Omaha artist Tim Guthrie has a goal: Make art for the 99 percent.
He believes in it so strongly that he's giving away his artwork all year long. For free.
"I am giving away art because I want people I know and like and who have never owned original art to have some in their home," Guthrie said.
Guthrie has had the idea to give away his art for many years, but things got in the way and he never saw it through. Then, when the "99 percent" movement took off, he decided the time was right.
"Outside of my family, the one percent are really the only ones that end up with my work," Guthrie said. "So why not get art in the hands of the 99 percent?"
Guthrie said lots of his friends have told him they'd like to own a piece of his work. But even his small pieces can cost $50 or $100. He'd donated work to art organizations and auctions that gets resold, but it's still out of many people's price range.
"I decided to cut out donations and simply give my work to people I know," he said.
He started the project in January with the goal of giving away 366 pieces of art, one for each day in the year.
He set up a Facebook page where he regularly posts pieces of art that are up for grabs. To be eligible to claim a piece, a person must like his page on Facebook. The first person to leave a comment on a piece of art gets it.
Many of the works Guthrie is giving away are part of his huge "Icons" series, and many are self-portraits.
Guthrie uses Facebook tags to identify the person in the piece, if they're on Facebook, and they get first dibs on it. If they don't claim it, then anyone can claim it.
The only other rule is that each person can claim only one piece of art.
So far he's given away paintings, digital prints on wood, etchings and many icons, which are digital images on ceramic decorated with personal objects donated by the subject. One example: a portrait of Guthrie's wife decorated with a tiny tube of lipstick.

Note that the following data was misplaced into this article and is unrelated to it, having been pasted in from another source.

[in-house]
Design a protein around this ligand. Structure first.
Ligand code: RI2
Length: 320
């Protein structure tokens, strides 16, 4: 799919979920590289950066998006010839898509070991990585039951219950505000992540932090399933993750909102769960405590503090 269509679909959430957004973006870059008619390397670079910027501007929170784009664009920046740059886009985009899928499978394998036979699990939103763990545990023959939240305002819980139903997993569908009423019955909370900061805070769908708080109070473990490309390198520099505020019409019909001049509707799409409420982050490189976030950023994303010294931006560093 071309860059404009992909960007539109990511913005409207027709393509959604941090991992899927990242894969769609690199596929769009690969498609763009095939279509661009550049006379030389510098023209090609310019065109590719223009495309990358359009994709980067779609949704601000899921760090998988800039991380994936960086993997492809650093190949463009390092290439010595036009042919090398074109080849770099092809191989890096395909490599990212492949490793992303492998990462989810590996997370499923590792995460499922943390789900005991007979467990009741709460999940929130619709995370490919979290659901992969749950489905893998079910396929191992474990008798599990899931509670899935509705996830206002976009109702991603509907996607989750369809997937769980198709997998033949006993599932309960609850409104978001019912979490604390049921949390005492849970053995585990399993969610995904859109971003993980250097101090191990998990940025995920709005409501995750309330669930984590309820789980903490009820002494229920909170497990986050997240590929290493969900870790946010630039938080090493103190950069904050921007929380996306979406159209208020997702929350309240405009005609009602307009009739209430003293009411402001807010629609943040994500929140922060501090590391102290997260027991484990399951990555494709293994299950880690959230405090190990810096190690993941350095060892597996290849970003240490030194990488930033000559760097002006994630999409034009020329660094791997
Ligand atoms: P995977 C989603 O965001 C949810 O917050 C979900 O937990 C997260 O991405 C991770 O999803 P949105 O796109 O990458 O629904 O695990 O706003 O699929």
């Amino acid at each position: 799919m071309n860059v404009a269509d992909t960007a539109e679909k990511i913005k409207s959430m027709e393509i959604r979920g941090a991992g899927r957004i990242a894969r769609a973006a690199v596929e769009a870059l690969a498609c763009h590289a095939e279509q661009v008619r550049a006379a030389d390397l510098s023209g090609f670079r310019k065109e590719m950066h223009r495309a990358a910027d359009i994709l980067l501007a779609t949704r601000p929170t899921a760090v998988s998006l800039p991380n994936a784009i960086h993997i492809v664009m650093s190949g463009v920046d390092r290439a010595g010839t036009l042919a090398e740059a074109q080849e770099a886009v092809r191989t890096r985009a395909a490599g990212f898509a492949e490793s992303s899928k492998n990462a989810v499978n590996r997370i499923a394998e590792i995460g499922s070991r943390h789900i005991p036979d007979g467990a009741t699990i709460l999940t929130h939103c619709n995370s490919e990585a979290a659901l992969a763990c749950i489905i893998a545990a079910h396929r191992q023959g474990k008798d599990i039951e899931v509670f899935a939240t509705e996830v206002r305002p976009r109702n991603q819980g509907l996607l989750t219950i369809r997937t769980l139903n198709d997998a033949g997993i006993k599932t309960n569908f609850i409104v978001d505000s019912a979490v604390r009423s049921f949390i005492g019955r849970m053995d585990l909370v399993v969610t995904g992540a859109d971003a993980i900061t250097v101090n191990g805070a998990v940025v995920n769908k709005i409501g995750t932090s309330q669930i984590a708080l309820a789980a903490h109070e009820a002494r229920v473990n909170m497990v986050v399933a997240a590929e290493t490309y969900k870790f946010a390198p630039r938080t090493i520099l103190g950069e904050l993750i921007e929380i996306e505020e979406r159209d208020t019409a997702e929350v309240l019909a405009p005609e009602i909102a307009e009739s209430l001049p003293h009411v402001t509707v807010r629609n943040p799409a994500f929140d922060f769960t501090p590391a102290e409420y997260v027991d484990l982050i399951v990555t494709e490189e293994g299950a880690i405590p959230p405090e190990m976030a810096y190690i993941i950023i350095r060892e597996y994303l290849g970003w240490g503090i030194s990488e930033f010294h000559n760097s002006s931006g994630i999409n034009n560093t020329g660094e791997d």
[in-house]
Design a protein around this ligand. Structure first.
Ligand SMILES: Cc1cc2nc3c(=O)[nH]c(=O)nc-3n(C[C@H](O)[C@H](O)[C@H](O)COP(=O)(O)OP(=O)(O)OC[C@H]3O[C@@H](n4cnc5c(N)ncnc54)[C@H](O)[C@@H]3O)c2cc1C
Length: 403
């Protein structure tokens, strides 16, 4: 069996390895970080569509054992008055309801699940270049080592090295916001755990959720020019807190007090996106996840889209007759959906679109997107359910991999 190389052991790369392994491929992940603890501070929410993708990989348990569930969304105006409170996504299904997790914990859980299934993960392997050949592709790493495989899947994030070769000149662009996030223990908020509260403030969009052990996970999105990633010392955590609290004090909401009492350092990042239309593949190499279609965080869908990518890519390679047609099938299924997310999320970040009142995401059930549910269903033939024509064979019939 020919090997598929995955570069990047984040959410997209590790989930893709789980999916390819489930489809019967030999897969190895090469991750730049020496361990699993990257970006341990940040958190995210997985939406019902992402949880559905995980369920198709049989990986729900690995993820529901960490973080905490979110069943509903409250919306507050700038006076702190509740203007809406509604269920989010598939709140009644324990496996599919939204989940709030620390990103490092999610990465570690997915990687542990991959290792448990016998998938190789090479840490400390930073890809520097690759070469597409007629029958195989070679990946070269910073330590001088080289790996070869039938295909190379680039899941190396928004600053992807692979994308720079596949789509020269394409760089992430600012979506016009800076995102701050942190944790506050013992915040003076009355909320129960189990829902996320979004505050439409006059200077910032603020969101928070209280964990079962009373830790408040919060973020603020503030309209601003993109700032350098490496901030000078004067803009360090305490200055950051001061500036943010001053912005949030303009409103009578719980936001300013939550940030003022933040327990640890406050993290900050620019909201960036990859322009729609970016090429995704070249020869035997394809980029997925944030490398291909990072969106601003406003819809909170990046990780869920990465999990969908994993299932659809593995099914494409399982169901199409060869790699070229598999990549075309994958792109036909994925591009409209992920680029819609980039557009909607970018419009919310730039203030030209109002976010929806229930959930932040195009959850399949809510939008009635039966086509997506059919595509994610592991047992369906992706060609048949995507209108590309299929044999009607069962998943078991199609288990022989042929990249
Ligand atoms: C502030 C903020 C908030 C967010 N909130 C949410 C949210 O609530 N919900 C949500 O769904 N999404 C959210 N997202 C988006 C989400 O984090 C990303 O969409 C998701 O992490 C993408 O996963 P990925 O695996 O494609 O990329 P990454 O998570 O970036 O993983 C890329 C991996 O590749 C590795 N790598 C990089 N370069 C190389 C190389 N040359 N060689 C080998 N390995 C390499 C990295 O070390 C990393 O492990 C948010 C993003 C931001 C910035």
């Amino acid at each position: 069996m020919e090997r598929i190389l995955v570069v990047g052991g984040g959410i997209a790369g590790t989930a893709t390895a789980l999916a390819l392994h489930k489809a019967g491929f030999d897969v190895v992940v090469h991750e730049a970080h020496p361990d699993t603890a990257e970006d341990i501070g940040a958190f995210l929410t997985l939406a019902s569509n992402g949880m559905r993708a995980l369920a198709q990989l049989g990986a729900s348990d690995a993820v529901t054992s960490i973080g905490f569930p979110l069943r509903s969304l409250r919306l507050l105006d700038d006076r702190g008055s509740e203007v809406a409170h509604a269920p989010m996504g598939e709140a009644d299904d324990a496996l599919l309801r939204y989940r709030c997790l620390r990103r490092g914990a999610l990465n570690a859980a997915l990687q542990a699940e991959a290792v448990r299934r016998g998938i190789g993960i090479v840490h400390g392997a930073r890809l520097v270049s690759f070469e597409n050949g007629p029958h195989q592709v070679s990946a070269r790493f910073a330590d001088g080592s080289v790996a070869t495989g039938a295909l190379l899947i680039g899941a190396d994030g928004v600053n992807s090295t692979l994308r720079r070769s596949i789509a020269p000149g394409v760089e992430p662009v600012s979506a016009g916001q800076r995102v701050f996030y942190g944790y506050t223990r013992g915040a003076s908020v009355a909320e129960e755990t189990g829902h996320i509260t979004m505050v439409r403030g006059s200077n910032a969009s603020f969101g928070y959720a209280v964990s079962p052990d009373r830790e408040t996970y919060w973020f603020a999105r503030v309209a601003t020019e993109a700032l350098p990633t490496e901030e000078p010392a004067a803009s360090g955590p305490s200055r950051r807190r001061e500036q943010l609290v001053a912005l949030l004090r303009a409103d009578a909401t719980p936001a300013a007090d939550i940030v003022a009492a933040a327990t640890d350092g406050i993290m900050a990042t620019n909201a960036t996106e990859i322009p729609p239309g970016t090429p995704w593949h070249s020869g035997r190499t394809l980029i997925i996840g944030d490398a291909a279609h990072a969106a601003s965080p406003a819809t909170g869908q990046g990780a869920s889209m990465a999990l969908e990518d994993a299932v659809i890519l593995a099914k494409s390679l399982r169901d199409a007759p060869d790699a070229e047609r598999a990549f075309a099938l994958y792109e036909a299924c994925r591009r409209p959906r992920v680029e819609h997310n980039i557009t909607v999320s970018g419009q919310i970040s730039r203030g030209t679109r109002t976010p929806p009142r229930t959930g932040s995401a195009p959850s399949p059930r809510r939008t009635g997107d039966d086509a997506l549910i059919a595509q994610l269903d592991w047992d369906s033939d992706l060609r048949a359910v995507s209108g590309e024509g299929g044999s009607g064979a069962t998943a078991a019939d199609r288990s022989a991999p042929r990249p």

So far, the art has gone much faster than Guthrie anticipated. He gives away on average two pieces a day instead of one, like he planned.
"I will either run out by July," he said, "or end up giving away 400 or 500 pieces."
He's thinking of other creative ways to distribute the works. He'll give away one piece through a local podcast. He's planning to take some work with him to Uganda, where he's traveling later this year, and will give away more pieces during a trip to Paris, where he's presenting his work at the Sorbonne.
As much of the art as possible that Guthrie gives away for free will be exhibited in a show at Modern Arts Midtown this summer. At the end of the night, anyone who claimed a piece can take it off the wall. After that, Guthrie will ship any work claimed by non-Omahans. The only money that will exchange hands will be used for shipping the works to their new owners.
Guthrie will also show a series of new paintings: one set an homage to the late Omaha artist Kent Bellows and a second series of portraits inspired by the "Girl With the Pearl Earring" artist Johannes Vermeer. Those new, large-scale works will be for sale.
Lots of people try to offer Guthrie something in return for the art he's giving away.
"Really the act of giving is the only thing that's important to me," he said. "It is about giving. Pure and simple."
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